The RT-RG targeting system, which sucks up and processes hundreds of millions of phone and internet records per day in order to “find, fix and finish” enemy combatants, has been deployed on the US’ southern border since 2010, according to documents leaked by NSA whistleblower Edward Snowden.
When NSA agents gave a presentation at the El Paso Intelligence Center (EPIC) in 2008, the Drug Enforcement Administration, one of 21 law enforcement agencies with a presence at the center, dropped everything to get its hands on an RT-RG of its own.
While the NSA praised the system for boosting the military’s kill-count in Afghanistan and Iraq, the documents show it gave soldiers a false sense of certainty, leading to an explosion in civilian casualties following its deployment. Most of those kills – 90 percent, in one five-month period of airstrikes – were not the intended targets. For such a flawed system to be placed in the hands of domestic authorities already prone to itchy trigger-fingers is unsettling.
“Many called it an industrialization of warfare,” Kristian Berg Harpviken of the Peace Research Institute Oslo told the Norwegian Broadcasting Corporation. “The rapid turnaround made it harder to insure the quality of the intelligence, and the large number of operations meant that civilian injuries increased accordingly.”
Norway was the “guinea pig” in Afghanistan for the international intelligence-sharing that became a key aspect of RT-RG, which featured several levels of security clearance depending on how trusted a partner nation was. In the domestic arena, that graduated access has been used to share intel between the many agencies working out of EPIC.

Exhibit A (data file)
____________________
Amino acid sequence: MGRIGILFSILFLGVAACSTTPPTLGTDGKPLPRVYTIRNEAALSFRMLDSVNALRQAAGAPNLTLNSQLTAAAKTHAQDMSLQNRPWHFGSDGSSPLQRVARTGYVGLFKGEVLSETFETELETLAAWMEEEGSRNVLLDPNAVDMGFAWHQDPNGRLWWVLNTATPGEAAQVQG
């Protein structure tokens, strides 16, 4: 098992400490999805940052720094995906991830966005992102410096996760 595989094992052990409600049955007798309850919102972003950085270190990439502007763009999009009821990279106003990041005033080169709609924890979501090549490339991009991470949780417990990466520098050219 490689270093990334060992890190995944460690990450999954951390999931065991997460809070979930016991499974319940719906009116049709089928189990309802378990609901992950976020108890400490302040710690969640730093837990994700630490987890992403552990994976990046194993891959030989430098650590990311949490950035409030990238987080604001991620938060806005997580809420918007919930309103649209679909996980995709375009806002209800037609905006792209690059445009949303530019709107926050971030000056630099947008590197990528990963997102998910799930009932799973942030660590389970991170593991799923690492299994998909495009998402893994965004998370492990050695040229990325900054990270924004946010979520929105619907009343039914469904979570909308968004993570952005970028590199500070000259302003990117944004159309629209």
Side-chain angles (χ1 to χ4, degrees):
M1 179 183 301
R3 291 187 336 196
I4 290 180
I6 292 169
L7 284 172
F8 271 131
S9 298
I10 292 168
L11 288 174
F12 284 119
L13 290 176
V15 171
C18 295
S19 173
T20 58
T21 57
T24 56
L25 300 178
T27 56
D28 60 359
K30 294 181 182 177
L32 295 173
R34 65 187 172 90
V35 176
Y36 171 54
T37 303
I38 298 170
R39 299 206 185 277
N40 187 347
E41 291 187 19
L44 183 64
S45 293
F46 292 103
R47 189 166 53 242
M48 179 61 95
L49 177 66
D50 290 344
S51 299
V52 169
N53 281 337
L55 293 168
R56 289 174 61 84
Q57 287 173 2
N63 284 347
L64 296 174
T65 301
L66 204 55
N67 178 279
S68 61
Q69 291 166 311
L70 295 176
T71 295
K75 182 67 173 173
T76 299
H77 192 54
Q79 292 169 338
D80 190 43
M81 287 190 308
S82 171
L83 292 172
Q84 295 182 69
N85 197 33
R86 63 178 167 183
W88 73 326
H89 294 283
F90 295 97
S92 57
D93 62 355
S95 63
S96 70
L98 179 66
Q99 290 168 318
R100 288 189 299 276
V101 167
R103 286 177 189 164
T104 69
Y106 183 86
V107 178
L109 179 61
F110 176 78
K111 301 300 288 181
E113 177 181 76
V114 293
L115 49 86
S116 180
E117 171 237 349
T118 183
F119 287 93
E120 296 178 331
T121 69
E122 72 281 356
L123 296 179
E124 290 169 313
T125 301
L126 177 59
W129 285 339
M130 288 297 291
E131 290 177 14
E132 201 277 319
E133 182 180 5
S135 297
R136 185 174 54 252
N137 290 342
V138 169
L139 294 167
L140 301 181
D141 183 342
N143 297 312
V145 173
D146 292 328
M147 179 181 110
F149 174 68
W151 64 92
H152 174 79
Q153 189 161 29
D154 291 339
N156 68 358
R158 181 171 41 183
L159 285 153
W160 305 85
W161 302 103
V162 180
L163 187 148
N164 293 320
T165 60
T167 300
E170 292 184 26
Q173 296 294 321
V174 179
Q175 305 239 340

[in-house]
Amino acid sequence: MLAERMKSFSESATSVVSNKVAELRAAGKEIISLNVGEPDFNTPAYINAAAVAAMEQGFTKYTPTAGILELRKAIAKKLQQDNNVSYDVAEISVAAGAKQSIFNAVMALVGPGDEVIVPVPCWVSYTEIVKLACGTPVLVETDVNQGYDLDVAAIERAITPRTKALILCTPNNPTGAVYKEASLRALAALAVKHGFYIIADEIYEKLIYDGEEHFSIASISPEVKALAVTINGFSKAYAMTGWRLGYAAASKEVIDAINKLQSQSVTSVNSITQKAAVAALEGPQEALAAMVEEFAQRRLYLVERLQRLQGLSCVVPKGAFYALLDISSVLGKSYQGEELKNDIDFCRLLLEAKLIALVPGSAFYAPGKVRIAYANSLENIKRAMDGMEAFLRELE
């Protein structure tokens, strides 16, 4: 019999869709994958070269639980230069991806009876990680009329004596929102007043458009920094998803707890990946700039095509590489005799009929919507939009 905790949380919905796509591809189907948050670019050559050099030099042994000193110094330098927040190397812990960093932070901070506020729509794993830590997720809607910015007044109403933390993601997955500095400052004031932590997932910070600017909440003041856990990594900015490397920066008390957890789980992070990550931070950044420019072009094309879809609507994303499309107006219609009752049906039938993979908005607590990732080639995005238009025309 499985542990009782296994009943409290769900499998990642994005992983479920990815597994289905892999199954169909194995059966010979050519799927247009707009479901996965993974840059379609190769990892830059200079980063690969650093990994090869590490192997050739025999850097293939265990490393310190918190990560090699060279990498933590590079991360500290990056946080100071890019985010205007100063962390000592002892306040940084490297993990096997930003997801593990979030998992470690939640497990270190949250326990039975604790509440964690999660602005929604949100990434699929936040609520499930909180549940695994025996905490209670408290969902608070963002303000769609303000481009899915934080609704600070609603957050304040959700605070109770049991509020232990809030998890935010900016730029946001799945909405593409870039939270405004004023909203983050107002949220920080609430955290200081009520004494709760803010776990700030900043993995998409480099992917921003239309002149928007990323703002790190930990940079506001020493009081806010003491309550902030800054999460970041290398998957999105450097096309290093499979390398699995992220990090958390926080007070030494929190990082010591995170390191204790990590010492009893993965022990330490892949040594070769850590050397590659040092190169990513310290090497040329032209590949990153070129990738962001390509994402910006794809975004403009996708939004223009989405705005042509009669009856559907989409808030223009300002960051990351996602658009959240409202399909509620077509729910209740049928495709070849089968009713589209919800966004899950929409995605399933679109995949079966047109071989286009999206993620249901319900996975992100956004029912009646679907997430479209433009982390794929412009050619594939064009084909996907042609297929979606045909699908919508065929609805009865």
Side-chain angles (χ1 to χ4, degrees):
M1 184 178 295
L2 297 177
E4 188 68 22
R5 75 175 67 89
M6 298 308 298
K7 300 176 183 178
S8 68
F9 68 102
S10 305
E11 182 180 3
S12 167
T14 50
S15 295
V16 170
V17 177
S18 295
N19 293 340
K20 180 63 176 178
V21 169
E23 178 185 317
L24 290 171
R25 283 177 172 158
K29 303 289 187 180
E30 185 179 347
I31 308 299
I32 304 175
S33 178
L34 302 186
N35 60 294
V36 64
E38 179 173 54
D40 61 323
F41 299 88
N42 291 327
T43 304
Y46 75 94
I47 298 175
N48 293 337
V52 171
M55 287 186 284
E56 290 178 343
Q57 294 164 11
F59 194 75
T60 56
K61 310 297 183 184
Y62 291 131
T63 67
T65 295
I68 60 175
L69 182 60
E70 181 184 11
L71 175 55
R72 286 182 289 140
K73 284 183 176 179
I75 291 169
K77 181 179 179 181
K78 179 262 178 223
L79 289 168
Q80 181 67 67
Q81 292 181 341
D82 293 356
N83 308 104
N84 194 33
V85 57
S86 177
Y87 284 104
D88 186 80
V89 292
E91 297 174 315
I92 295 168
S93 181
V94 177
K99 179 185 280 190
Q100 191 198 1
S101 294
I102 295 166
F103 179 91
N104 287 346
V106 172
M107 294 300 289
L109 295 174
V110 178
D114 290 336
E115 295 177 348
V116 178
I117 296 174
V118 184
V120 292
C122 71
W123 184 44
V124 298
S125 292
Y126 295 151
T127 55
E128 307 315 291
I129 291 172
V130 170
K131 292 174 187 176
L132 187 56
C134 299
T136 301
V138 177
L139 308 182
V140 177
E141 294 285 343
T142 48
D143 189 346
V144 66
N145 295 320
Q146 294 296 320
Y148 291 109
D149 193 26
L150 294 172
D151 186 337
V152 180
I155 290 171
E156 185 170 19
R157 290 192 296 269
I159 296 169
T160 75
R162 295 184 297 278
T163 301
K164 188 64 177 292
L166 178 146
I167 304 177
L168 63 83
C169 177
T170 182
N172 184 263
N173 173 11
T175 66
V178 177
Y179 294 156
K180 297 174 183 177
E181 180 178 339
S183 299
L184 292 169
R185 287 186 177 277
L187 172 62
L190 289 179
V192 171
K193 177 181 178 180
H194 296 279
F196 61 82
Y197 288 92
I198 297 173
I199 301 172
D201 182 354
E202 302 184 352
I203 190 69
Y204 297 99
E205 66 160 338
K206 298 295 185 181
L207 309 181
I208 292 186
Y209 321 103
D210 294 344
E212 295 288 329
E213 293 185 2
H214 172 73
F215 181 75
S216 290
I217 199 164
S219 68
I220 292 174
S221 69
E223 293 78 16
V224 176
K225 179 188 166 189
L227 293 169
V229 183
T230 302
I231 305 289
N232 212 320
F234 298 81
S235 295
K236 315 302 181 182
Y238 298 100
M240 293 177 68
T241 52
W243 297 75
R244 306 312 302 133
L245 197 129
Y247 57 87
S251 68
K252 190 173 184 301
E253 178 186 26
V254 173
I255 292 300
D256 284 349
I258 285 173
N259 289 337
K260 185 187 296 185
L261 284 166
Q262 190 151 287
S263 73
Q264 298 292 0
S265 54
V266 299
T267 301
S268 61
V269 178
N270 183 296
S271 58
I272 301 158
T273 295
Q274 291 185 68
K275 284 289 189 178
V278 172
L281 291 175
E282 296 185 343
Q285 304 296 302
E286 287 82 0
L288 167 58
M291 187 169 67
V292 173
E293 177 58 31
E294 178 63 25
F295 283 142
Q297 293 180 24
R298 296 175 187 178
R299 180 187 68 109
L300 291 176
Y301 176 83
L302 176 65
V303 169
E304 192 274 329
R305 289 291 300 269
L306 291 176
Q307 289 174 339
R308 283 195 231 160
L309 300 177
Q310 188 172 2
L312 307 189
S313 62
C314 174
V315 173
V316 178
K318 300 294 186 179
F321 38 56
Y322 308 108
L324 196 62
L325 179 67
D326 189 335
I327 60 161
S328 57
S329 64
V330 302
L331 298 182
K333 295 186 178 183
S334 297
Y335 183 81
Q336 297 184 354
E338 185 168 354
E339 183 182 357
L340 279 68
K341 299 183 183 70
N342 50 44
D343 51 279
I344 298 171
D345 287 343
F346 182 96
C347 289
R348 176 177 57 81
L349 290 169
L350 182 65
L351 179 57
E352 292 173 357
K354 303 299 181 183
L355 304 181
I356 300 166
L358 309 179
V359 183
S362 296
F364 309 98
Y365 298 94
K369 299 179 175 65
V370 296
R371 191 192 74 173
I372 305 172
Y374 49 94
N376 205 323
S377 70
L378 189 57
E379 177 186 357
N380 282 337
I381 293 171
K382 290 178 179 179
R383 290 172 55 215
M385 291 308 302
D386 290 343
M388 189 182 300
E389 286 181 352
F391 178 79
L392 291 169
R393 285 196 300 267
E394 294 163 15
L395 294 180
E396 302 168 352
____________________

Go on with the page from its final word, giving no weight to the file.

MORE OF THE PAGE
Low-level law enforcement officers weren’t the only ones who had to be kept out of the upper echelons of the NSA’s data trove, the courts couldn’t find out about it either. Cases built on the program had to be rebuilt using so-called “parallel construction,” since the secret, and possibly illegal, methods used to collect intelligence on a suspect could not be revealed without jeopardizing the case. Fortunately, the DEA has a whole division dedicated to parallel construction from NSA intel, charmingly nicknamed the “Dark Side.”
While the initial targets of the program were Mexican drug cartels, the NSA’s approach to data collection meant everyone in San Antonio’s data ended up in their clutches.
The iron law of “mission creep,” combined with the Trump administration’s focus on illegal immigration, means it is highly likely RT-RG is also being used to sniff out people-smugglers, if not the migrants themselves. And while US law may have been mutilated to retroactively legalize the NSA’s intrusive surveillance programs after they were exposed in the Snowden leak, international law maintains that Mexican citizens still have privacy rights, which the RT-RG program seriously violates.
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